Staff members need to loosen up

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Staff members need to loosen up

“A person’s coming is in fact an enormous affair. Because what we see is actually a life walk in,” wrote Jung Hyun-jong in his poem titled “Visitor.” As co-host for JTBC News, I headed to transition committee headquarters, where the team was disbanding ahead of inauguration day. After President-elect Park Geun-hye left, her people came out of the office. I interviewed 10 of them one by one. As I talked with the people who would be accompanying Park, my heart filled with excitement as well as anxiety as I envisioned what the next five years would be like.

I was relieved by the sharp and resolute determination I read in the eyes of Kim Jang-soo, a former defense minister who will be serving as chief of the presidential National Security Office. When he was asked to speak on the nuclear threats by North Korean leader Kim Jong-un, he said, “One glare can be more fearsome than 10 nuclear bombs. I hope Kim Jong-un will hear this.” He may, in fact, be addressing the audience in South Korea rather than the leader in Pyongyang. The will to protect what’s valuable is most important, he continued. “Whether it is an organization, individual or a state, what matters is the will on sustainability and prosperity.”

What the North’s unruly young leader hopes to strike and destroy with nuclear and missile weapons would be viability and prosperity of the South Korean people. He wants to put fear and nervousness in the eyes of the people in the South so they will yield to his demands. The new national security chief seems to have read through Kim’s tactics. It was reassuring to know that the national security control tower is in safe hands.

It was also refreshing to see that Yoo Min-bong has not shaved off his bohemian beard even after being named senior secretary for state affairs planning. A beard in Korean society is more associated with being carefree and liberal than serious, strict and authoritarian. A beard may be a sign of individuality on the streets, but in the Blue House it could also be a diversion from the heavy, stale and all-business-all-the-time air in the presidential office.

Asked whether he will keep his beard, he nodded yes without hesitation. I commented that the performance of transition team had been too quiet as well as unimpressive. After a moment, he said, “We sometimes need to impress quietly.” Quietness, humbleness and modesty are the values the new president incants. But the people want to be impressed, entertained and relieved. Yoo may be aiming to achieve both values ? impressing the people in the new president’s humble way. I sincerely hope he brings a breath of fresh air to the Blue House and joy to the common people.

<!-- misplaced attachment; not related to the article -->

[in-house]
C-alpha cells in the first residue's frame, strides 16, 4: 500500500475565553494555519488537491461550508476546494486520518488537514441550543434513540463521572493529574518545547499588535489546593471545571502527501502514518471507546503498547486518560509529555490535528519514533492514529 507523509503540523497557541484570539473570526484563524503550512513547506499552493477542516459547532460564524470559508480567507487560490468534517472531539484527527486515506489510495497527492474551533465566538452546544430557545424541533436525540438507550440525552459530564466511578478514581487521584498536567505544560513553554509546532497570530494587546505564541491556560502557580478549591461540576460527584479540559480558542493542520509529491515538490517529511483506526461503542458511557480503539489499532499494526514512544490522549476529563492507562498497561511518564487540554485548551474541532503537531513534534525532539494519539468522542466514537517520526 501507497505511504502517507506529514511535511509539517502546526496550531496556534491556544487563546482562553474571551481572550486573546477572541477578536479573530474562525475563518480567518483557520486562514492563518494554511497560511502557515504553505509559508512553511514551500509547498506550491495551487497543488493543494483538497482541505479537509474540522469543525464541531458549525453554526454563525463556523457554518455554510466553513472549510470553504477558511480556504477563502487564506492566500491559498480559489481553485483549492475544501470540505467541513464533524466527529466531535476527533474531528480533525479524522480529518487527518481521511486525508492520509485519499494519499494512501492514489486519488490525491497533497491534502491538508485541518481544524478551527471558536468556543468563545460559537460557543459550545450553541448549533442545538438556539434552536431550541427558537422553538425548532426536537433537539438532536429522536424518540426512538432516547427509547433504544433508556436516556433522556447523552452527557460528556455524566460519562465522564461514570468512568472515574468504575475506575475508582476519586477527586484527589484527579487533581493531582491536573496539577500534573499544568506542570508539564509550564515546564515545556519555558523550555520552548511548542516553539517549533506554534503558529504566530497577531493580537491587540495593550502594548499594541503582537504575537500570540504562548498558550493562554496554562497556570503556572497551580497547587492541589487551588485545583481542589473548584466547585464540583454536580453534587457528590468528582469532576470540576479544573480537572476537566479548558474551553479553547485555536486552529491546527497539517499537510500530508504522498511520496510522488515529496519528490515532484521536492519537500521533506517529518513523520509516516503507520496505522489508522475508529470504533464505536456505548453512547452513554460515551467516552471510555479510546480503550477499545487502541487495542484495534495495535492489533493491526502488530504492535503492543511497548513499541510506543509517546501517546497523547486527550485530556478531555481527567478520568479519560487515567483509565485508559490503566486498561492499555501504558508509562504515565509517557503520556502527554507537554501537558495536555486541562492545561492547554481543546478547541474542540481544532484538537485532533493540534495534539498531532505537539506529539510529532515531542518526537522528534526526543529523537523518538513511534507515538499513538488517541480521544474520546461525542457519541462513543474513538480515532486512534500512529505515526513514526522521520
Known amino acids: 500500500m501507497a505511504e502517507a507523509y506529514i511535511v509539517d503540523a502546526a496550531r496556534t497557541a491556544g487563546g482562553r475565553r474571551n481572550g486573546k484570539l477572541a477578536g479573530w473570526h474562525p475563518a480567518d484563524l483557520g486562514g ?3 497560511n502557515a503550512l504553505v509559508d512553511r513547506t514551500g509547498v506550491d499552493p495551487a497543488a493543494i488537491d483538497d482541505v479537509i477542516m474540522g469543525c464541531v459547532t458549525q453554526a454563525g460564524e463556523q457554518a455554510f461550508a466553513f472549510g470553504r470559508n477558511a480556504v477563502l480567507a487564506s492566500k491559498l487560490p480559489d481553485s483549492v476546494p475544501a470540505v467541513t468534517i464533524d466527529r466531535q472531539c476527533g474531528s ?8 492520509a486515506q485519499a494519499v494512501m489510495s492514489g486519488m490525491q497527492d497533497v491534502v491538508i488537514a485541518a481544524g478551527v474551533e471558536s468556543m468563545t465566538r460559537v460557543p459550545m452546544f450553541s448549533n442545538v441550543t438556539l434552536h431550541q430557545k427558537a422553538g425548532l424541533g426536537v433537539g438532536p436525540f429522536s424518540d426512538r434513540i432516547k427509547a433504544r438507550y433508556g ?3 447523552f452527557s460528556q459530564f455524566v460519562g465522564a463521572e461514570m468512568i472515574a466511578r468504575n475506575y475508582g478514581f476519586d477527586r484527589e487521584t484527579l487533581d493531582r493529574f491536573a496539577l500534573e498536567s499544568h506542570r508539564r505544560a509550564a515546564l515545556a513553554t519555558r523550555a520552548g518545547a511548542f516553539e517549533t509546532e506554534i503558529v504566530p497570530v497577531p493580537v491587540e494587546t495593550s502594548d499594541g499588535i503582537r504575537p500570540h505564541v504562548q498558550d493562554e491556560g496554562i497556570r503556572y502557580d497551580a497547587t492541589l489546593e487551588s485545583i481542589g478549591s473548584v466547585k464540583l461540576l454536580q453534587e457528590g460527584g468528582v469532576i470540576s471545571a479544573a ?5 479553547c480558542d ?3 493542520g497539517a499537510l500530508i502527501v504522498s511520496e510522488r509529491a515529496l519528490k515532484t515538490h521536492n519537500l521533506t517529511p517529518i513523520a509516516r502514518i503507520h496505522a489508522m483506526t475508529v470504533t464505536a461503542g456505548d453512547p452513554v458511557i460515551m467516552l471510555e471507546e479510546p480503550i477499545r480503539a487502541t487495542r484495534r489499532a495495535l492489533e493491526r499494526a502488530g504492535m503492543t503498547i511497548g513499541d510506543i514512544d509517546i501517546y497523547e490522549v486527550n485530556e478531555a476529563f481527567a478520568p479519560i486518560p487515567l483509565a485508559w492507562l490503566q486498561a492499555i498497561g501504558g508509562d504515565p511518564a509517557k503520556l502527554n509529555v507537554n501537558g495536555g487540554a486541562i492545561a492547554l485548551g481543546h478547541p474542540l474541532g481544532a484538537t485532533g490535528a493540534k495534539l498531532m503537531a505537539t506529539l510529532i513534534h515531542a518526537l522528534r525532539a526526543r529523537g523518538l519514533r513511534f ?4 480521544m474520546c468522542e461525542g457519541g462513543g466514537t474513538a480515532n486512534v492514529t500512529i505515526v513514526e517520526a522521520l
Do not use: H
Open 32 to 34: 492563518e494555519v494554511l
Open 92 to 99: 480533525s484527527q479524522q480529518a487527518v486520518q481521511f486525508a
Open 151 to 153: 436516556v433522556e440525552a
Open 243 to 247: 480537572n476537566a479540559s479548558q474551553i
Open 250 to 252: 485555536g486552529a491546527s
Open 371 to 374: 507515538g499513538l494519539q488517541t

Despite some pleasure, I cannot shake off my apprehensions. Park’s people in general fall short of awe, expectations, fun and freshness. A government does not simply work on good set of policies. It must consist of a persuasive group of people. Few can be persuaded without fun and a good impression. The new government members must carry themselves more freely in order to win the hearts of the people and the legislature.

Her people so far appear to be generally rigid and overly cautious. Yoon Chang-joong, the transition committee’s spokesman, bolted upon seeing me approaching him. He may have wanted to avoid an interview ahead of his formal appointment as a presidential spokesman. But he hardly comes across as someone who would be candid and open. Why does he run and avoid talking to the press if he has nothing to hide? How can such a secretive and rigid character persuasively relay the words of the president to the people?

What can move the heart are sometimes not words, but the way they are expressed. The people closest to the president must be experts on persuasion. They must know the means. Persuasion is not achieved with language alone, but through character, expression, gestures and signs.

The sharp eyes of national security chief Kim and beard of senior secretary Yoo should be examples. President Lee Myung-bak has not erred in trade negotiations over American beef imports and North Korean policy. However, he failed to persuade the people. His policy drew strong nationwide protests not because it was terribly flawed, but because people were not convinced.

The staff members of the Park Geun-hye administration are overly restrained and subdued. Just because the president prefers humility and calm does not necessarily mean they should be statue-like figures without expression, impression and fun. They must recover their emotions so they can connect and empathize better with the people. Rigidity does not have ears. People of the president, relax a little.

*The author is an editorial writer and JTBC News anchor.

by Chun Yong-gi
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